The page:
Well, my water line started to thaw out, then froze again. It's been frozen for most of two weeks. How do people use the bathroom in such situations?
One solution is of course to use someone else's bathroom. This can work very well as part of a barter arrangement; people who trust one to do odd jobs in their home are likely to be delighted to pay less cash and share their bathroom, and look disappointed when one's own bathroom is operational again.
But where does that leave one when nature calls outside of one's working hours?
At the Cat Sanctuary, it leaves one in exactly the same situation one has occupied, with regard to calls of nature, since about 1990. I wasn't living here when my parents installed the Sun-Mar dry toilet.
The company web site shows that much research and development has gone on since the Cat Sanctuary was equipped with a truly modern toilet. Newer models make ours look downright clunky. It's a clunky thing, too, being longer, wider, and higher than a traditional water-flush toilet. In its day our toilet was such an innovative gadget that somebody offered grants to people living in the vicinity of mountain springs to get them to test Sun-Mar toilets, which was probably the only way my parents would have tried to buy one. In its day our old clunker cost $1800. Now they're advertising sleek new models that look hardly any bigger than a water-flusher and cost less than $300 (not counting shipping, installation, and maintenance).
However...the old clunker clunks on. Whatever else freezes, my toilet will not only work, but will actually do its little bit to keep the bathroom warm. Even during a power outage...it uses heat to dry out all things organic and yucky (it likes weeds, banana peels, and junkmail), and it does keep working, not at peak efficiency of course, on the greenhouse heat it gets by being near a south window.
Our toilet had to be shipped from Canada, although the grant covered trained laborers to help Dad install it. And back then you needed trained laborers, because the separate pieces of "The Unit" are too big for one person to carry easily, and the vent system is complicated. Now the ads show dry toilets that look as if college girls lugged them in from stores like this one (near a D.C. Metro station) and set them up in one afternoon--which I believe is technologically possible. Bigger toilets are for bigger families. If there are four of you plus pets, and you often entertain, get a big one. If you're renting a basement all to yourself, a small one should work fine.
Besides being reliable during water or power outages, other advantages to a dry toilet include that you're not polluting (you can even get a solar-powered model for an off-the-grid cabin in the woods), you're not breeding roaches in a sewer, and you never have to worry about water seeping out, rotting your bathroom floor, and fostering black mold (Stachybotrys atra grows slowly on almost any organic material, but grows fast wherever it finds a trace of urea). Dry toilets kill mold and roaches, even in urban areas that are already infested.
Also, your contribution to the local landfill is drastically reduced by the Sun-Mar toilet. It runs most efficiently when plenty of dry organic material is added to what tends to be moist contents. That means it positively eats food scraps, pet litter, weeds, and waste paper. You can flush paper towels and some kinds of diapers. If you do end up throwing away garbage, the Sun-Mar at least reduces the volume and nastiness of the garbage. What comes out looks like potting soil, is good for roses...and will burn if you need emergency fuel, too.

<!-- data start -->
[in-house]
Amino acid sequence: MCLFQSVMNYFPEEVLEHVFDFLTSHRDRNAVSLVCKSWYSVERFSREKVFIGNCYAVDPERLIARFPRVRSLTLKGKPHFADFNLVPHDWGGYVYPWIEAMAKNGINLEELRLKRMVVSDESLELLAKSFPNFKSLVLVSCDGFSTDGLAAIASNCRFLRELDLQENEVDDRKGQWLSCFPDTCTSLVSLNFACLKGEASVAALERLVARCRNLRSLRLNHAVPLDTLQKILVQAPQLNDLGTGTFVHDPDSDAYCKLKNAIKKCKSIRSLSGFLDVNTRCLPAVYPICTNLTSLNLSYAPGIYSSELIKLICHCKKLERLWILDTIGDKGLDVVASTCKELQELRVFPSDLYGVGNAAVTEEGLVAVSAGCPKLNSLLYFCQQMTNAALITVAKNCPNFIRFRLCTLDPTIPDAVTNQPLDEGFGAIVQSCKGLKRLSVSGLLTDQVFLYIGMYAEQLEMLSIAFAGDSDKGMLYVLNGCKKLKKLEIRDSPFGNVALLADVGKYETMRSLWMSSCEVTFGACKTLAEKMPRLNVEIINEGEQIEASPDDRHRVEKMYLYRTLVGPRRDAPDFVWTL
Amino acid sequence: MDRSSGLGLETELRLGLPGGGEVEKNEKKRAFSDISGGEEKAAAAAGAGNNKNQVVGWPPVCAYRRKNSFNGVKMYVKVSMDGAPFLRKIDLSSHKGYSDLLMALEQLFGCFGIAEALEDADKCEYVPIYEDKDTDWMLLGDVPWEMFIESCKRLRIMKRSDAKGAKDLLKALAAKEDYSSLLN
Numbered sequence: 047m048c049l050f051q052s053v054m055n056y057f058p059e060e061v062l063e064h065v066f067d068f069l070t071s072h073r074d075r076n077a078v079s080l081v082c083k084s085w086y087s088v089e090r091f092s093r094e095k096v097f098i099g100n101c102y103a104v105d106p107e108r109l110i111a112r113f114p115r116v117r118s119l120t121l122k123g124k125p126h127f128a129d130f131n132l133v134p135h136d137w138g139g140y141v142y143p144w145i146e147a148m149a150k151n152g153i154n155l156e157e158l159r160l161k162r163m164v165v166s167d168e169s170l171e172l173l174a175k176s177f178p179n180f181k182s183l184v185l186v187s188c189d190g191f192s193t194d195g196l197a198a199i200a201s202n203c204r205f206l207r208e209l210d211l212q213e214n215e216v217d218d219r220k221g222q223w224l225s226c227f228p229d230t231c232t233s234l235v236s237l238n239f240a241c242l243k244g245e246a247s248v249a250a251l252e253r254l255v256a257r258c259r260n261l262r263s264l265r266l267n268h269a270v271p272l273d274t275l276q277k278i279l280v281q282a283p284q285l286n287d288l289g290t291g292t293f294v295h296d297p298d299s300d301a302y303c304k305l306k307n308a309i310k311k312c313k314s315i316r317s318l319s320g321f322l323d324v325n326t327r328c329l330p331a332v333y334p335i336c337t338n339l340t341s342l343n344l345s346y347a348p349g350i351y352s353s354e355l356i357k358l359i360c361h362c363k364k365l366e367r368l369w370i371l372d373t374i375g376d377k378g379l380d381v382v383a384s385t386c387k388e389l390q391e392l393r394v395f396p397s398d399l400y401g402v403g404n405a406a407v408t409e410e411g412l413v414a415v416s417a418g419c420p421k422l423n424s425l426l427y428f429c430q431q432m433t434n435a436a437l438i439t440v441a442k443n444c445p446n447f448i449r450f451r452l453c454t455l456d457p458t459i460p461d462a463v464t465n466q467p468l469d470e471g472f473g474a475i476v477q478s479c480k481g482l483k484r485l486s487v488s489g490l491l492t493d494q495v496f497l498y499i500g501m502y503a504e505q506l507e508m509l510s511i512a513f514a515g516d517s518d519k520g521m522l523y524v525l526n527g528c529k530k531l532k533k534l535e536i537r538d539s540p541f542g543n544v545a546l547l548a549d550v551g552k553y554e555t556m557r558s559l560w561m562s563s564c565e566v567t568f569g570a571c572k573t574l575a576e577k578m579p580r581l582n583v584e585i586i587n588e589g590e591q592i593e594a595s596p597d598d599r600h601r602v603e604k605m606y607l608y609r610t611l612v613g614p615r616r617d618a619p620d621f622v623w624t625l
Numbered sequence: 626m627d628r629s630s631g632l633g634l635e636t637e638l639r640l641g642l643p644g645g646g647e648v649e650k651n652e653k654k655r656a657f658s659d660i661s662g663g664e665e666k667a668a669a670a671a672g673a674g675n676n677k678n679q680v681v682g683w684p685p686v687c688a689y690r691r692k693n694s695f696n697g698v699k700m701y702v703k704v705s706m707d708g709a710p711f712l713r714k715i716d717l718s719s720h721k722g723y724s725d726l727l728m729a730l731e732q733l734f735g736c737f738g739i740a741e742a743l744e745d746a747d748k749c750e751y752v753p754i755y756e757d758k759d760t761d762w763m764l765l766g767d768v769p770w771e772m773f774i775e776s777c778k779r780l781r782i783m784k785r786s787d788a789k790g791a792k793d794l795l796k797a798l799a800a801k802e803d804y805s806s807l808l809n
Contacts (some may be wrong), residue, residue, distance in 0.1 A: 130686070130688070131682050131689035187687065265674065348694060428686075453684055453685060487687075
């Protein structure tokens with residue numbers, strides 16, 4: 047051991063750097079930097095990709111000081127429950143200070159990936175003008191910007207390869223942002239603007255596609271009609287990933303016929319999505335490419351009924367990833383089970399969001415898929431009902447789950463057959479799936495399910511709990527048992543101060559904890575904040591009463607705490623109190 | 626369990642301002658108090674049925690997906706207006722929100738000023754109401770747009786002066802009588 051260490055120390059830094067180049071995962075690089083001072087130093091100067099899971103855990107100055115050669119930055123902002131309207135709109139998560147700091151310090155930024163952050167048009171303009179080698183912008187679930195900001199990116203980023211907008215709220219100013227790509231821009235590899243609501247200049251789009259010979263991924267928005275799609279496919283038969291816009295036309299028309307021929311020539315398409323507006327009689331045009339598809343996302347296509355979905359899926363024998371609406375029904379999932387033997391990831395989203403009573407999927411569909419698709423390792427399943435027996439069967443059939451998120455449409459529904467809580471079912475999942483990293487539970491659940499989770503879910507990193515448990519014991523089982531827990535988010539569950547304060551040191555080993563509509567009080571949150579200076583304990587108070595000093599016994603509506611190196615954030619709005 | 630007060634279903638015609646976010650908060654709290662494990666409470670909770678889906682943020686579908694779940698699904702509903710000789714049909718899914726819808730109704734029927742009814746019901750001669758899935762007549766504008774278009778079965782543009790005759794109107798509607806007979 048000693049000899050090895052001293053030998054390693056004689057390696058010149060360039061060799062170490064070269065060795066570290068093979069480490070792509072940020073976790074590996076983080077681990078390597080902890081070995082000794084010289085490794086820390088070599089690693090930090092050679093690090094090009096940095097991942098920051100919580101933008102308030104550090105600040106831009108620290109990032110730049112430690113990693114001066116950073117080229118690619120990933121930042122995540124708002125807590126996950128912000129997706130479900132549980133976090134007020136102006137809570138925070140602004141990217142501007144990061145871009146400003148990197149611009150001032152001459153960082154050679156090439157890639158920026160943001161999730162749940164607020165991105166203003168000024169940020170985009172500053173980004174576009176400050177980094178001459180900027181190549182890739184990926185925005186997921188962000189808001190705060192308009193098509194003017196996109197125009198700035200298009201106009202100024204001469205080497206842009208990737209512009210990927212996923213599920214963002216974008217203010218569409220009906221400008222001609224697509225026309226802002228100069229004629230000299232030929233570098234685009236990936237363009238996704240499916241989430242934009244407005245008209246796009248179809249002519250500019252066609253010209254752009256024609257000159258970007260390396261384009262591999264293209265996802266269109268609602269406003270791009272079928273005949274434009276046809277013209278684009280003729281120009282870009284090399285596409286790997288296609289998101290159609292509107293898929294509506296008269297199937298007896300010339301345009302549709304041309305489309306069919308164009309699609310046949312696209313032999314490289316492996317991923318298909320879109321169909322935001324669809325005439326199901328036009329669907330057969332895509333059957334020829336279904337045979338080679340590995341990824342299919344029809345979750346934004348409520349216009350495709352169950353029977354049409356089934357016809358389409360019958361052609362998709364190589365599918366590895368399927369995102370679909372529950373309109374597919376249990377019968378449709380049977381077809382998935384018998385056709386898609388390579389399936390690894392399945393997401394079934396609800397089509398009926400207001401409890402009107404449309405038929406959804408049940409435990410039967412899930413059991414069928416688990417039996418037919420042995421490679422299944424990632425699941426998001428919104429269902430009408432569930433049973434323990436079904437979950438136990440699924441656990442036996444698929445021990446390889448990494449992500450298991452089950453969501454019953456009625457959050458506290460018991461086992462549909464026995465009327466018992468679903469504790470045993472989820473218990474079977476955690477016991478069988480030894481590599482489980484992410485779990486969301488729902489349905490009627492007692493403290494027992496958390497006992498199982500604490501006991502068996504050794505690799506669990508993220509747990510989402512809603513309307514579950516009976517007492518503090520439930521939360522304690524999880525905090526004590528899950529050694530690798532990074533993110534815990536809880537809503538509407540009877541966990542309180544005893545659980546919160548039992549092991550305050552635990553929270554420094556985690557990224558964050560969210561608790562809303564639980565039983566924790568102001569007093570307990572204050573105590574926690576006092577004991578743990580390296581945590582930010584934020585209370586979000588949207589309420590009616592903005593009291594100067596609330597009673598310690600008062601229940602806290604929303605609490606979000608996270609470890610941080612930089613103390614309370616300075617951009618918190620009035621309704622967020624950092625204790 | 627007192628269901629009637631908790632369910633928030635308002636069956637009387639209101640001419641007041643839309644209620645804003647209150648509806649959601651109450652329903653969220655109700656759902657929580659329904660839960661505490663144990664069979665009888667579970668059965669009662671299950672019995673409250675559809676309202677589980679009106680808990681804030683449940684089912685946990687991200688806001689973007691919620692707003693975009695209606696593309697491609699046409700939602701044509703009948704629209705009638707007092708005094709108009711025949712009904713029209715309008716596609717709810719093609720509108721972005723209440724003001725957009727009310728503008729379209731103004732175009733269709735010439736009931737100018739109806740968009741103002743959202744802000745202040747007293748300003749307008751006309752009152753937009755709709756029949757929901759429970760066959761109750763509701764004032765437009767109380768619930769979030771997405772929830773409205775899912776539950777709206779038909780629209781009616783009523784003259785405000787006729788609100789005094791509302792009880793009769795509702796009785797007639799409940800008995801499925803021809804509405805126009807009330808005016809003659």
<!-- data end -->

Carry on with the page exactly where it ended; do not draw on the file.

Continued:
Can I hear the Sun-Mar toilet? Yes, sometimes. Smell it? Yes, sometimes. About the same as a water-flush toilet, except when the water-flush toilet clogs or backs up and smells worse.
The main reason why people do stick with old water-flush toilets is cost, which is becoming an increasingly shortsighted reason. Conversion will probably require at least one day's work for at least two professionals. On the other hand, once a dry toilet is bought and installed, the electricity it takes to run probably costs less than the city water bill for a water-flush toilet.
The main reason why some people should stick with an old water-flush toilet, at least for now, is ease of use. Someone does have to get down on the floor and remove the peaty stuff from the bottom of the Sun-Mar toilet, every day or two. It's not especially heavy labor but it could be hard for people with hip, knee, or back problems. Well, if you have the opportunity to live near a mountain spring, why let that stop you? You should be able to hire somebody to do that, and a few other chores to fill up an hour a day. But if you live in town, anyway, the physical work of using a dry toilet might be a valid reason not to switch.
A reason why some people could not use my Sun-Mar toilet would be any mobility impairment. Mine is not wheelchair-friendly at all, and it even seems cavalier about brittle old bones. The newer models look as if this issue has been addressed. There's always the question of height, since some wheelchair users need a high toilet seat and others need one that's not so high, but the company's web page looks as if somebody's been designing dry toilets with the family that needs one of each in mind.
Years ago, Grandma Bonnie Peters published an article titled "I Love My Sun-Mar Toilet." I love mine, too. Even when subzero temperatures cause pipes that are insulated only with those cheap little sleeves of foam to freeze solid, and ice to form in the bathtub, the Sun-Mar toilet works.
Thank you, Mother. Thank you, Dad. Thank you, Sun-Mar.
(Fair disclosure: Neither GBP nor I ever received any payment for singing the praises of the dry toilet. This is one of the few inventions that people will honestly advertise free of charge, because it's that good an idea.)